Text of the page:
University of Edinburgh: Edinburgh scientists add voices to UN climate report

Climate and food security experts at the University have contributed to the latest UN report on the state of the world’s climate.

Edinburgh academics have been involved in the new report by the Intergovernmental Panel on Climate Change (IPCC), the branch of the UN responsible for assessing human-led climate change.

The new findings highlight the vulnerabilities of the world’s socio-economic and natural systems to climate change, its wide-ranging consequences and options for adapting to it.

The new report warns that many changes to the climate are likely to be irreversible, and that they are unequivocally the result of human actions.

Edinburgh expertise
Among the Edinburgh contributors to the new report is Dr Peter Alexander, Senior Lecturer in Global Food Security. Dr Alexander, whose research looks at the interface of social, economic and ecological aspects of land use, was a lead author of a chapter about Europe.

One of the chapter’s key findings is that the current global temperature increase of 1.1°C is already affecting natural and human systems in Europe. This can be seen in ecosystems, food systems, infrastructure, energy and water availability, the economy and public health and wellbeing, Dr Alexander says.

However, there is scope to adapt to many climate risks, although these become more limited the further 1.5°C global warming is exceeded.

Dr Isla Myers-Smith is a contributing author to a chapter on terrestrial and freshwater ecosystems. A Chancellor’s Fellow in the School of GeoSciences, Dr Myers-Smith’s research focusses on the effects of climate change on vegetation in Arctic and alpine tundra.

Among the main findings of the chapter is that Arctic ecosystems are responding to rapid rates of warming. The Arctic is warming more than twice as rapidly as other regions of the planet, with an average 2°C rise since 1950. This warming is leading to changes in ecosystems such as increases in shrubs, movement of species towards the North and South Poles, and shifts in the timing of plant growth.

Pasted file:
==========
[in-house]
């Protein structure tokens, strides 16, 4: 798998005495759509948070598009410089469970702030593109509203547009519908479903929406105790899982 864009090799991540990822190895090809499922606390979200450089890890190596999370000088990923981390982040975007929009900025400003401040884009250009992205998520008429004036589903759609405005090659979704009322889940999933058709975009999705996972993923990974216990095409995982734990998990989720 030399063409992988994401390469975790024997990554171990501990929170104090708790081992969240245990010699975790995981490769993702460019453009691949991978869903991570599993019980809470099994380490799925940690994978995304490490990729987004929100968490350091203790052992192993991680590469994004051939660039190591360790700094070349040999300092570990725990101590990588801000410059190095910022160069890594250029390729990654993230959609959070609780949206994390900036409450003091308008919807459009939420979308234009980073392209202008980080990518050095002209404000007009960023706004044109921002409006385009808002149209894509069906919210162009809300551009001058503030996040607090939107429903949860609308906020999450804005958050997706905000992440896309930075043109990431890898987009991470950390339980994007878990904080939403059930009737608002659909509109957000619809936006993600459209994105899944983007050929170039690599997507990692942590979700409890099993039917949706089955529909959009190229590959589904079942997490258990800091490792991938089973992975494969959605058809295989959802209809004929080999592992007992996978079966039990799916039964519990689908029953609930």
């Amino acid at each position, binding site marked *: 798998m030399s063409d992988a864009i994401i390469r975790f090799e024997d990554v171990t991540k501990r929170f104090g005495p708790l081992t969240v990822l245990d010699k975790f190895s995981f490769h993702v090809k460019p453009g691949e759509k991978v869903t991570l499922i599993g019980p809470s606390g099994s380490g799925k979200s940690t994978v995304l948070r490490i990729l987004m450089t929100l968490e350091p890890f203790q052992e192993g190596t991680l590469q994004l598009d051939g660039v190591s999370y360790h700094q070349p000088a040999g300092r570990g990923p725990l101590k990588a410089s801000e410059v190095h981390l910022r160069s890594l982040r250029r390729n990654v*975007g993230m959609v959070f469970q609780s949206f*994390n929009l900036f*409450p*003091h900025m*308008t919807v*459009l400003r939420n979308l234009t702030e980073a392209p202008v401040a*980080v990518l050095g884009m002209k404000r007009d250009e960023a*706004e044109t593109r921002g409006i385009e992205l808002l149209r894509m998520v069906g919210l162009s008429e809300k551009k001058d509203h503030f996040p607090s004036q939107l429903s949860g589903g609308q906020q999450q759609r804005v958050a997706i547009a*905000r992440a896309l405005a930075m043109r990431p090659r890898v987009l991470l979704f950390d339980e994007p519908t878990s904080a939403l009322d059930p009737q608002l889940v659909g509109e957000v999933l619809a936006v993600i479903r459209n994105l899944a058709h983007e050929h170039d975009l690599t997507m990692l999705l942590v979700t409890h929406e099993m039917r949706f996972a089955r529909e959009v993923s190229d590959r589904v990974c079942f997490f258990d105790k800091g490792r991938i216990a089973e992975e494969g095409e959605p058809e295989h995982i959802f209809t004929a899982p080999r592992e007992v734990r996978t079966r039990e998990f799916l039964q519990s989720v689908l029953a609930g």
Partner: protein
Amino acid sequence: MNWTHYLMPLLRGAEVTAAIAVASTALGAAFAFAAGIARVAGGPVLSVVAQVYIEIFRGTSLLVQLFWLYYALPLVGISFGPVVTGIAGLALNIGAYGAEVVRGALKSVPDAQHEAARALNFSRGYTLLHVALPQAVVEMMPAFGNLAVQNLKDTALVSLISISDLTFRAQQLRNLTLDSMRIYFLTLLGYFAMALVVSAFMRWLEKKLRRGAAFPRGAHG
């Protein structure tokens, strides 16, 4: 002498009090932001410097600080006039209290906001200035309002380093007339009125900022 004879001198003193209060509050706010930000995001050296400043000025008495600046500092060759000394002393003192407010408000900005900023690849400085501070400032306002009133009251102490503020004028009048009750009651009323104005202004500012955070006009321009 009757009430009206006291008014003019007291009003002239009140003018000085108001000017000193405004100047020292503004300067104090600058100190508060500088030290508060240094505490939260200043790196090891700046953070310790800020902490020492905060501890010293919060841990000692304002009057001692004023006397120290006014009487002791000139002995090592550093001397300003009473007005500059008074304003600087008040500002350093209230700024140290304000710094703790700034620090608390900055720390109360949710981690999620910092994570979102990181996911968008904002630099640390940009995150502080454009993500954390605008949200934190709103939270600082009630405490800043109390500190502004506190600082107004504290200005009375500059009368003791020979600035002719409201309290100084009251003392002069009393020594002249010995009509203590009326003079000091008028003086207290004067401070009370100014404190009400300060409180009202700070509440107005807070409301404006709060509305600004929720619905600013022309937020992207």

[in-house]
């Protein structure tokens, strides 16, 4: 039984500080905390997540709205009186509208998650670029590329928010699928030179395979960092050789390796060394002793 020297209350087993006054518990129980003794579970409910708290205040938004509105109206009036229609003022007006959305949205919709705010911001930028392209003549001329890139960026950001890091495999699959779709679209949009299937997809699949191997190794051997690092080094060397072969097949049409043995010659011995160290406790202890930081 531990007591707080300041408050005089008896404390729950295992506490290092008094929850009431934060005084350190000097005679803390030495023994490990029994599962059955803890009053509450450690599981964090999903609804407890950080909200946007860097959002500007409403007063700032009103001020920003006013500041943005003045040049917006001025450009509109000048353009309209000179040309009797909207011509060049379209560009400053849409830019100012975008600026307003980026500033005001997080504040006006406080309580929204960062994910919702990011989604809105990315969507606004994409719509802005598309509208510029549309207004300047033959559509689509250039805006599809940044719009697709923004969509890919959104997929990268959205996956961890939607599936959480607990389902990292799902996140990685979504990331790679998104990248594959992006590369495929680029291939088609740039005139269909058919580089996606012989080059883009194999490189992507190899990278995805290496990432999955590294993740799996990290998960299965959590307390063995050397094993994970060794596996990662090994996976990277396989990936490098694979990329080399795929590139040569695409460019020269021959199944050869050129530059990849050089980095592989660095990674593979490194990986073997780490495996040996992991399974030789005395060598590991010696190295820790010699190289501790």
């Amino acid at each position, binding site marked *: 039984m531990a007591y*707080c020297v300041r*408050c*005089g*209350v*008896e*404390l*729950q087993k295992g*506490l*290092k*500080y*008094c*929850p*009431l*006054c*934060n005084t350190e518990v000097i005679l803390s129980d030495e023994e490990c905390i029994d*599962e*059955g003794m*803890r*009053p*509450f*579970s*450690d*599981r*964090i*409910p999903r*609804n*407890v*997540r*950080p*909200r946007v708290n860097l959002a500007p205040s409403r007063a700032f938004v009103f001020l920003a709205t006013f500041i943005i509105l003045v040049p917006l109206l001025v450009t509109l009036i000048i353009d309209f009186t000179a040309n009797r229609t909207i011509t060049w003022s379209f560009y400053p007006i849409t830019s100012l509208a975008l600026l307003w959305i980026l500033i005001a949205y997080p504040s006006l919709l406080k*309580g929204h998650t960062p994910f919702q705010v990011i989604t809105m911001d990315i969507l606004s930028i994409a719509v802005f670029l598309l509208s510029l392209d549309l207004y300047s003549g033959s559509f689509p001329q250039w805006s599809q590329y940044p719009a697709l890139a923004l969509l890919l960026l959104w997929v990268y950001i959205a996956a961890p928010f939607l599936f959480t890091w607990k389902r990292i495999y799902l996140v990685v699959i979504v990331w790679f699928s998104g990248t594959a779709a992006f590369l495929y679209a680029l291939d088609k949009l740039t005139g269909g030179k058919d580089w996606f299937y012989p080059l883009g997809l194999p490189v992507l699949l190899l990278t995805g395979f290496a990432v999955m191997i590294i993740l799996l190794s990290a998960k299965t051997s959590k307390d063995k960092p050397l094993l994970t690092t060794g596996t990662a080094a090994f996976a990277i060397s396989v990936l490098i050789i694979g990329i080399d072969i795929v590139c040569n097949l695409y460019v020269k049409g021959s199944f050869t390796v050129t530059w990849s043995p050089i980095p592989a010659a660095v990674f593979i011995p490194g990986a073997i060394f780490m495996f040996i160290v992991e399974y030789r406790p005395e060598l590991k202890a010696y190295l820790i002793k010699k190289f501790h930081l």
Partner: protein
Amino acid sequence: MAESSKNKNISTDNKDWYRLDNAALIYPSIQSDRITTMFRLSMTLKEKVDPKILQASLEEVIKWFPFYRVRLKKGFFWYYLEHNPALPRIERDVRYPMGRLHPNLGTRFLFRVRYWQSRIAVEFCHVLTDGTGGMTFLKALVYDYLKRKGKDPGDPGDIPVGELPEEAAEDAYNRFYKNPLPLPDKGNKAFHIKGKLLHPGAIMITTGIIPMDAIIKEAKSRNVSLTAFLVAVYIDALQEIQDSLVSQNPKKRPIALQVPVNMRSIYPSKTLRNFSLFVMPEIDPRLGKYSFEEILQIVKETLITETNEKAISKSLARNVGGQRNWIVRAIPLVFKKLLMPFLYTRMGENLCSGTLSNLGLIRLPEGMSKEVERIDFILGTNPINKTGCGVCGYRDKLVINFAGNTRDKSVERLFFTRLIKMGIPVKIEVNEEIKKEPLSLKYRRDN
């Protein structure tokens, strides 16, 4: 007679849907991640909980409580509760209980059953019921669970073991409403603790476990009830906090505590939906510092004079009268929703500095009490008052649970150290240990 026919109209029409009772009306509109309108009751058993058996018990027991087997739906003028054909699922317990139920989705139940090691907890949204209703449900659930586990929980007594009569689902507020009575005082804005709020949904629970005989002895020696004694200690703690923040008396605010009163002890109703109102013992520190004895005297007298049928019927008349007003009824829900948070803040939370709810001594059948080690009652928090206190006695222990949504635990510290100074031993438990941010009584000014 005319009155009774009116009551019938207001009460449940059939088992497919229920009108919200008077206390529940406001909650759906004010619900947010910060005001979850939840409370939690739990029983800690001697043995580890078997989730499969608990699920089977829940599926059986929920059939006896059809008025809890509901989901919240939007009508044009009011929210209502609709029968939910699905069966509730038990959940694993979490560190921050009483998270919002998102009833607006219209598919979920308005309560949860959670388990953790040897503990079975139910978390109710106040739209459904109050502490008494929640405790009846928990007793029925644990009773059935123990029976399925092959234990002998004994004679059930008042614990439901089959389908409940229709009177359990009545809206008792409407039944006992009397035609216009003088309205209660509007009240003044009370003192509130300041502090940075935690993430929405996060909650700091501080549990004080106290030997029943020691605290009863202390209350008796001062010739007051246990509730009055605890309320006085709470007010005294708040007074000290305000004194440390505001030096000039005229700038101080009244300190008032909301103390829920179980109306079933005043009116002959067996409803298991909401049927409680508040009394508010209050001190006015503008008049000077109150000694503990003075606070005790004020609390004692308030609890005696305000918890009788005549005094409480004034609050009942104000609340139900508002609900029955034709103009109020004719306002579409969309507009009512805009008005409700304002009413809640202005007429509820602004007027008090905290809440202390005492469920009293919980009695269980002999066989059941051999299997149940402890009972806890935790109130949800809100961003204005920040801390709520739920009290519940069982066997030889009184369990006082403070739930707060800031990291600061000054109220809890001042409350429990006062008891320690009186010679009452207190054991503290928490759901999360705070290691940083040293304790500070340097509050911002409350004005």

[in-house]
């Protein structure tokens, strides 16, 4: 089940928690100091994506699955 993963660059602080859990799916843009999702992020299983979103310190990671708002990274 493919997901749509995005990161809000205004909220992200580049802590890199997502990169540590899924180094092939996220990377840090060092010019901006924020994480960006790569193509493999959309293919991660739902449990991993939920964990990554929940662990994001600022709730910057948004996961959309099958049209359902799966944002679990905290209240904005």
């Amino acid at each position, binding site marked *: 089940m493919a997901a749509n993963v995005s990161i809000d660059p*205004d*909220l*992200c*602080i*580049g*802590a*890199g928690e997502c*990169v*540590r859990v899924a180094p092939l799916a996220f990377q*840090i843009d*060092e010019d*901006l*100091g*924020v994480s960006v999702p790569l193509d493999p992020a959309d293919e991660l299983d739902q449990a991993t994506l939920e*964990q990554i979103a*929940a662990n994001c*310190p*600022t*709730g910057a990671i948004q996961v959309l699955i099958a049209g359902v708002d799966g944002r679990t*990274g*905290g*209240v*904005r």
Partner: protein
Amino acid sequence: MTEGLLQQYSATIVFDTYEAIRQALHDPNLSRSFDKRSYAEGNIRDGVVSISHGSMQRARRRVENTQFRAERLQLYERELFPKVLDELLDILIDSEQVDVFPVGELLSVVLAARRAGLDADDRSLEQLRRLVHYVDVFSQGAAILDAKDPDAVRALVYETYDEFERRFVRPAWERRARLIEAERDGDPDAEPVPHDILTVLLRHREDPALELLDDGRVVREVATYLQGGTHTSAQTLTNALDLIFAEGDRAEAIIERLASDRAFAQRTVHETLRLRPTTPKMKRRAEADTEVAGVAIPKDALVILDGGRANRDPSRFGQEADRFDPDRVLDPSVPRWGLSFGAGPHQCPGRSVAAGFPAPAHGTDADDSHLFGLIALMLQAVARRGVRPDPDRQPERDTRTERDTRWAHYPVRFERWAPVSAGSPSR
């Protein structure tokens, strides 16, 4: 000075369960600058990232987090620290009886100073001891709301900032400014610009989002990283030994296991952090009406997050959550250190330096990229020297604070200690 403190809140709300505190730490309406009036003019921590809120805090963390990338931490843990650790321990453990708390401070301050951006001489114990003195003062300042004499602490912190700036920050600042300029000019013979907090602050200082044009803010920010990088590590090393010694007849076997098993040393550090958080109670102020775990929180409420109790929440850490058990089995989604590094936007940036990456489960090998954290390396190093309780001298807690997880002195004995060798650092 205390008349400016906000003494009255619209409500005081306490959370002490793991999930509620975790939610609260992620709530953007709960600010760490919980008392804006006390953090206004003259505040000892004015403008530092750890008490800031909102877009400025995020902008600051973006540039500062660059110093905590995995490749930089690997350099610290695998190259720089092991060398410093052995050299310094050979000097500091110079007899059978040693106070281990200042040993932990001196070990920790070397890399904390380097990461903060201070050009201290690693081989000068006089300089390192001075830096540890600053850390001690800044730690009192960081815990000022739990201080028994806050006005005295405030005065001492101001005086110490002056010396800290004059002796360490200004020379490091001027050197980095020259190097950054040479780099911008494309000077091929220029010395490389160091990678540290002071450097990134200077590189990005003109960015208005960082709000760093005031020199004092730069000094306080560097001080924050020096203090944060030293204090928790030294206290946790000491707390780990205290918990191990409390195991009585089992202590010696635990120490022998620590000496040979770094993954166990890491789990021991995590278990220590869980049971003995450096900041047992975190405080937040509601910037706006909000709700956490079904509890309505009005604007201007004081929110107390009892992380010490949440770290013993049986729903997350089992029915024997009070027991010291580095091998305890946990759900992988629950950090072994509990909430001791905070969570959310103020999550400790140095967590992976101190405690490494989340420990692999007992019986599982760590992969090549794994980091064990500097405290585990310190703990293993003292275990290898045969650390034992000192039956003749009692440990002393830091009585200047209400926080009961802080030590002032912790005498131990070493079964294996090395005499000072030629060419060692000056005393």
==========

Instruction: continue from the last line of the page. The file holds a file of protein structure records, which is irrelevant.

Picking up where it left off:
Global insights
IPCC publishes in-depth climate assessments every six or seven years, with each made up of three individual reports each written by hundreds of academics and approved by 195 governments.

The new report is the second part of the IPCC’s latest analysis, its Sixth Assessment Report (AR6).

The first contributions to AR6 were released in August 2021, and detailed the findings of Working Group I, which focusses on the scientific basis of climate change. Findings from Working Group III, which deals with efforts to mitigate the effects of climate change, will be made public in April 2022.

Researchers involved in the new report – members of Working Group II – assess the impacts, adaptations and vulnerabilities related to climate change.

The previous assessment – AR5 – provided the scientific basis for 2015’s Paris Agreement, in which nations agreed on the goal of limiting global warming to well below 2°C above pre-industrial levels.

This report underscores the need to limit warming to as close to 1.5°C above pre-industrial levels as possible, and to avoid pathways that do not limit warming to less than 2°C.

Dr Peter Alexander
School of GeoSciences / Global Academy of Agriculture and Food Security

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